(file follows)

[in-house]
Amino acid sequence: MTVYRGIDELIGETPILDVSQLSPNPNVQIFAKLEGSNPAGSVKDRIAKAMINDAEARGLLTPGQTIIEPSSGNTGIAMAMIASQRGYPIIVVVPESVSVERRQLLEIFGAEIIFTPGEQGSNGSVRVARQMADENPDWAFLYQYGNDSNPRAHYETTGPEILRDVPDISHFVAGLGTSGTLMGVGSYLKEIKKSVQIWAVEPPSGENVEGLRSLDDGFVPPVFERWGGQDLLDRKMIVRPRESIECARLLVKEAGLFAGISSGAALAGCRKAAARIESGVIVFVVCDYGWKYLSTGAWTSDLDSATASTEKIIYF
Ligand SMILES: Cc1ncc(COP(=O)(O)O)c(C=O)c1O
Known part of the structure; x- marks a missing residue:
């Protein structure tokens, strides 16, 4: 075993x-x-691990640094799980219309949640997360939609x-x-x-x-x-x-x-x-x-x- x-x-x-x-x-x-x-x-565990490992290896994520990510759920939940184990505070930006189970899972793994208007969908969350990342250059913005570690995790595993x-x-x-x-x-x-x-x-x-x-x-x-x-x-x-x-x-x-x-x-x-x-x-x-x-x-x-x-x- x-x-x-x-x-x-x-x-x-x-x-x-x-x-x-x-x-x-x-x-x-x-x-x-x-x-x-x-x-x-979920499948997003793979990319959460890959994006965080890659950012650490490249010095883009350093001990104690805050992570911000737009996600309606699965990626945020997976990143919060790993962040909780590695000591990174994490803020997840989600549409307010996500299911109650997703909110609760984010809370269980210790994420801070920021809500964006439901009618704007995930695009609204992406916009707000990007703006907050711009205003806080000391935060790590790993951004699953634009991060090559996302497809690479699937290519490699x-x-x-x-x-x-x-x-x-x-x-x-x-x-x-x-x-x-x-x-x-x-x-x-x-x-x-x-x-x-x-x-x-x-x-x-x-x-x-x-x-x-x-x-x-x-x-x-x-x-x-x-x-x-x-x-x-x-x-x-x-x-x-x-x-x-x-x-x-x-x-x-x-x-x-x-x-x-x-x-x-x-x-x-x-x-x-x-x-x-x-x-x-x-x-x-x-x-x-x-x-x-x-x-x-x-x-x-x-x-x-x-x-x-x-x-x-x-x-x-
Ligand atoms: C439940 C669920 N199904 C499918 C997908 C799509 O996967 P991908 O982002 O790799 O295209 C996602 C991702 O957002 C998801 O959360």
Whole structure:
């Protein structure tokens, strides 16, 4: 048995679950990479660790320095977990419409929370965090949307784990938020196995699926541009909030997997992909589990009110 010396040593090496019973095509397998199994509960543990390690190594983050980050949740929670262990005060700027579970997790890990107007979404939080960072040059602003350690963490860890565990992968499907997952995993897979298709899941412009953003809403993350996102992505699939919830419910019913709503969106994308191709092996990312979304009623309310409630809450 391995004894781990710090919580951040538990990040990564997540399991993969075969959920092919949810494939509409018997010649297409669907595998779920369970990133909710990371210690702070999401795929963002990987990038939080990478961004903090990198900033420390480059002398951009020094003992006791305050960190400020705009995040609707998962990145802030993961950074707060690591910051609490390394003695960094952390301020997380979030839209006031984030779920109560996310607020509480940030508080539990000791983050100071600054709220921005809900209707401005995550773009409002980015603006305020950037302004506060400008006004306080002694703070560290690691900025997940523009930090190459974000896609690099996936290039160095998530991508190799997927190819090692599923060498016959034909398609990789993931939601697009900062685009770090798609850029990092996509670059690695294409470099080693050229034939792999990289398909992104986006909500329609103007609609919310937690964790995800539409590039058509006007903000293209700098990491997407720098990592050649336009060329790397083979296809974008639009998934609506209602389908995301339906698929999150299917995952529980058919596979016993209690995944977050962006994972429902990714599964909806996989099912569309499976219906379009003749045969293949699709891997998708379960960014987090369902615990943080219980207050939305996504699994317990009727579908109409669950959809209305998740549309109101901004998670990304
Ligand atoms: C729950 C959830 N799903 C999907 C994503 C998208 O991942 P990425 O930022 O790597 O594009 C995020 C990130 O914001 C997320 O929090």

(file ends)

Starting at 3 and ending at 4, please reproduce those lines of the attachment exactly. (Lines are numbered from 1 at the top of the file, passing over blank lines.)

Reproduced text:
Ligand SMILES: Cc1ncc(COP(=O)(O)O)c(C=O)c1O
Known part of the structure; x- marks a missing residue: